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Publication: The Penticton Press
Issue: Vol 1 No. 14 , Saturday, October 20, 1906
Title: Murder at Carmi Mine
The Penticton Press
Vol. 1 No.14 PENTICTON,B.C., Saturday, October 20, 1906 $ 1.00 Per Year In Advance
MURDER AT CARMI MINE
Two Men Killed and Third
Wounded as Result of Drunken Row
Murderer Captured at Grand Forks
At 8:30 P.M. last Sunday a shooting affray occurred at the Carmi Mine about four miles from Beaverdale, and resulted in the death of two men, Peter Goodrow and Joseph Celle and the wounding of a third, David Smith, ?Scotty?.
The perpetrator of the crime, James A. Dale, who is about thirty five years of age and was born in Missouri, lived at Carmi with his wife, father and uncle. Dale and his wife have been running the boarding house at Carmi for about two months. He was well known in Greenwood and district.
It appears the two deceased and the wounded man came back from Beaverdale about supper time more or less the worse for liquor. The youngest of the party, Joseph Celle, on going to supper handed Dale a 22 rifle to take care of. After finishing the meal, Celle asked Dale for his gun. Dale denied all knowledge of it.. This started the row. Meanwhile Dale?s wife went and got the rifle and handed it to another man to give to the owner., who than left the house and proceeded with his two companions to a shack at the north end of the town. Dale, who is said to be a man with a very violent temper, and who was also under the influence of drink, went and got his rifle saying he was going to kill the Frenchmen. On reaching the street he immediately opened fire on the three men who were than some two or three hundred yards ahead. The three men apparently took no notice of Dale?s shooting, as owing to the darkness his shots were evidently going wide. On reaching the shack, one of the two lit a lamp, Dale than appeared at the window and shouted for Smith to come out as he was going to kill the Frenchmen. Smith refused to go out and Dale opened fire wounding him in the left shoulder. He then fired repeatedly at the two Frenchmen, killing both..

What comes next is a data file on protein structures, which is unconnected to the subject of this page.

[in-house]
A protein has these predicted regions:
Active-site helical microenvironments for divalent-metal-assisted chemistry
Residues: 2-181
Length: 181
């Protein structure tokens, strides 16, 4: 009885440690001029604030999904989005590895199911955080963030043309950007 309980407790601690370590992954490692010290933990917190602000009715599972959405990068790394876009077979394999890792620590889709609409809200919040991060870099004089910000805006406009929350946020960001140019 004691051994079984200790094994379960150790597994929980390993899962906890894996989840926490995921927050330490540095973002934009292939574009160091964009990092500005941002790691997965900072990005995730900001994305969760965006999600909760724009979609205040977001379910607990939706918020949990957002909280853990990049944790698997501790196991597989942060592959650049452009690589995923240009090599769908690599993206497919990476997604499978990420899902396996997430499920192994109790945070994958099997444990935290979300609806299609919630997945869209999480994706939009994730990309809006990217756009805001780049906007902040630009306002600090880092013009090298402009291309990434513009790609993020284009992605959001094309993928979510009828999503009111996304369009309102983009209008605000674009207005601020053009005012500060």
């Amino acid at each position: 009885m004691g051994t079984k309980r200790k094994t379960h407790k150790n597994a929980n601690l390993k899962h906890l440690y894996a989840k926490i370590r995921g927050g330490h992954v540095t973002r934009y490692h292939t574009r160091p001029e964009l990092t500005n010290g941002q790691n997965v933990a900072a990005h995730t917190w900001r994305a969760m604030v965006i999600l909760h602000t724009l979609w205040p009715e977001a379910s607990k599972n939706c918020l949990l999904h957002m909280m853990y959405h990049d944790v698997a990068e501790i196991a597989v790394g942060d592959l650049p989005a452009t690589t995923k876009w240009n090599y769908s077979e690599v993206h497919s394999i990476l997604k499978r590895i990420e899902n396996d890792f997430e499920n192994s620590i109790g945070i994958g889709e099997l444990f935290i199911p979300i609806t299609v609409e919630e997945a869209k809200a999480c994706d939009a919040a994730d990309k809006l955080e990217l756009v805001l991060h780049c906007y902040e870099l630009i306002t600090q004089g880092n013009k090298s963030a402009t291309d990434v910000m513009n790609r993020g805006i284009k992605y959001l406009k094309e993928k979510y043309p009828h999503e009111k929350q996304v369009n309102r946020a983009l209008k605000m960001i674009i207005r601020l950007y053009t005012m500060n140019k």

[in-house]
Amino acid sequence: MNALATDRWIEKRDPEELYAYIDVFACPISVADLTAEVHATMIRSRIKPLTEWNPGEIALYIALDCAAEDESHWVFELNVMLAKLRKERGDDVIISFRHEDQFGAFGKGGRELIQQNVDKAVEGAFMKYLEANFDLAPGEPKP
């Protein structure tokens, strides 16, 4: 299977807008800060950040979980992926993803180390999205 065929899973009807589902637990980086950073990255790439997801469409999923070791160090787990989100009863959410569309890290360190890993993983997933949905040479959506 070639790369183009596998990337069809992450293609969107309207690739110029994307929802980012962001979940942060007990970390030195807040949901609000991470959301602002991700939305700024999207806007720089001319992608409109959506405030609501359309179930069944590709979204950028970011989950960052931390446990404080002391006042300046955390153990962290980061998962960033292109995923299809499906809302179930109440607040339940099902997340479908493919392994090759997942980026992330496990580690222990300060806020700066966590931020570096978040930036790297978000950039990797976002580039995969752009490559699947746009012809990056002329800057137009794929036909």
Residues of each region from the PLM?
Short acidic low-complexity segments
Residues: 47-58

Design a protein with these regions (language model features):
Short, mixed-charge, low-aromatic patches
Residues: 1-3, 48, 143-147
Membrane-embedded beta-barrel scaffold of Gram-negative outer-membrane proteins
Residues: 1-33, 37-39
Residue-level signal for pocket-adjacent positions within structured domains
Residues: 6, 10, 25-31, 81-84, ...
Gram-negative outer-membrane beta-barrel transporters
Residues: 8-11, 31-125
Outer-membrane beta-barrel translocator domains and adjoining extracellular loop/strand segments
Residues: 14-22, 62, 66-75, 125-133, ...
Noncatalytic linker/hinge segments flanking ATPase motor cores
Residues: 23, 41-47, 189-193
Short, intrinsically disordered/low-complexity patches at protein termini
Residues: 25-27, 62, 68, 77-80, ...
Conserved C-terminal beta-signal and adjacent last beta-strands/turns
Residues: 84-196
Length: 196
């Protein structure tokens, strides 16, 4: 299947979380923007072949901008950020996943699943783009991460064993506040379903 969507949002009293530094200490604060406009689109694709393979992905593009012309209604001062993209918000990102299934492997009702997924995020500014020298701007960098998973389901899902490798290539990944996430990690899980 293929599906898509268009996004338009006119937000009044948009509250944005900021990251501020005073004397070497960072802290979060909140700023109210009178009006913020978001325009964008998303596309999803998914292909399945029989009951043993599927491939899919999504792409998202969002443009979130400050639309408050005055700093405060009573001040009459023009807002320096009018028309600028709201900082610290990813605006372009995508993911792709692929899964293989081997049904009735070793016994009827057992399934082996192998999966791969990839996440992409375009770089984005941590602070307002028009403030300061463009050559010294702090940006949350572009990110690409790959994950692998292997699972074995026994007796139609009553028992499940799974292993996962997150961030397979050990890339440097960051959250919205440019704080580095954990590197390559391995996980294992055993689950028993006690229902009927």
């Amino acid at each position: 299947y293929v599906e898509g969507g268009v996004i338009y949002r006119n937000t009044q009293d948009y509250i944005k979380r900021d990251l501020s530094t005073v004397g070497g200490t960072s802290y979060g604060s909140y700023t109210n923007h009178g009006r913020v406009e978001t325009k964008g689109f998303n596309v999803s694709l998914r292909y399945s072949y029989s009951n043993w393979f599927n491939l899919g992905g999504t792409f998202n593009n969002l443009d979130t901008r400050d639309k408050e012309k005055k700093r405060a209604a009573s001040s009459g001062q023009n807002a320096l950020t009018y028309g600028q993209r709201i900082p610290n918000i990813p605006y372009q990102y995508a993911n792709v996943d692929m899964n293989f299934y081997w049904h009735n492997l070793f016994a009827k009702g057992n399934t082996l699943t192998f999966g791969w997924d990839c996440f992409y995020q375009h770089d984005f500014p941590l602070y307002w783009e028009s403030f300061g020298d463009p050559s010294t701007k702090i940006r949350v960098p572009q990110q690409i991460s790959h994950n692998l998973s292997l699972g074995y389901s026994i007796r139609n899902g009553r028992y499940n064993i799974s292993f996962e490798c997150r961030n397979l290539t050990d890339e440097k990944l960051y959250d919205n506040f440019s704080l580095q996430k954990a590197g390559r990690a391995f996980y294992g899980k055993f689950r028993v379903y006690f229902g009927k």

Meanwhile the remainder of the men in town under Mr. Musgrave, the manager of the Carmi mine, attempted a rescue, but Dale opened such a hot fire on them that they had to take refuge in the post office. After shooting a dozen or more rounds into the post office, Dale cleared out.
The wounded man and the two dead bodies were taken to Greenwood where a coroner?s inquest was held on Tuesday morning. Peter Goodrow was shot through the throat, and Joseph Celle, who was about nineteen or twenty years of age, just below the heart. J.W. Edmonds, special constable from Penticton arrived at Carmi on Wednesday, and in company with Mr. Musgrave, J.P.. visited and examined the cabin where the murder was committed. The cabin is about eight by ten feet in dimensions.
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Murderer Captured at Grand Forks
There were several pools of blood on the floor, while on the wall hung a rifle and a shot gun.. It is evident that if the three men were not at the time paralyzed with either fear or drink, they could have easily defended themselves.
Several special constables were appointed to hunt down the criminal, and the provincial constables throughout the district were notified that Dale was captured at Grand Forks on Wednesday. He is described as a man of about five feet six or seven inches in height, stoutly built and of a dark complexion..
Murderer Attempts Suicide
Penticton Press, Saturday, October 27, 1906
James A. Dale, who murdered Joseph Celle and Peter Goodrow at Carmi last week attempted to kill himself shortly after his capture on Wednesday afternoon by James A. Dinsmore, constable at Grand Forks. He cut his throat with an old knife nearly severing his juggler vein. As a result Dr. W. H. Dixon believes there is little chance of his recovery.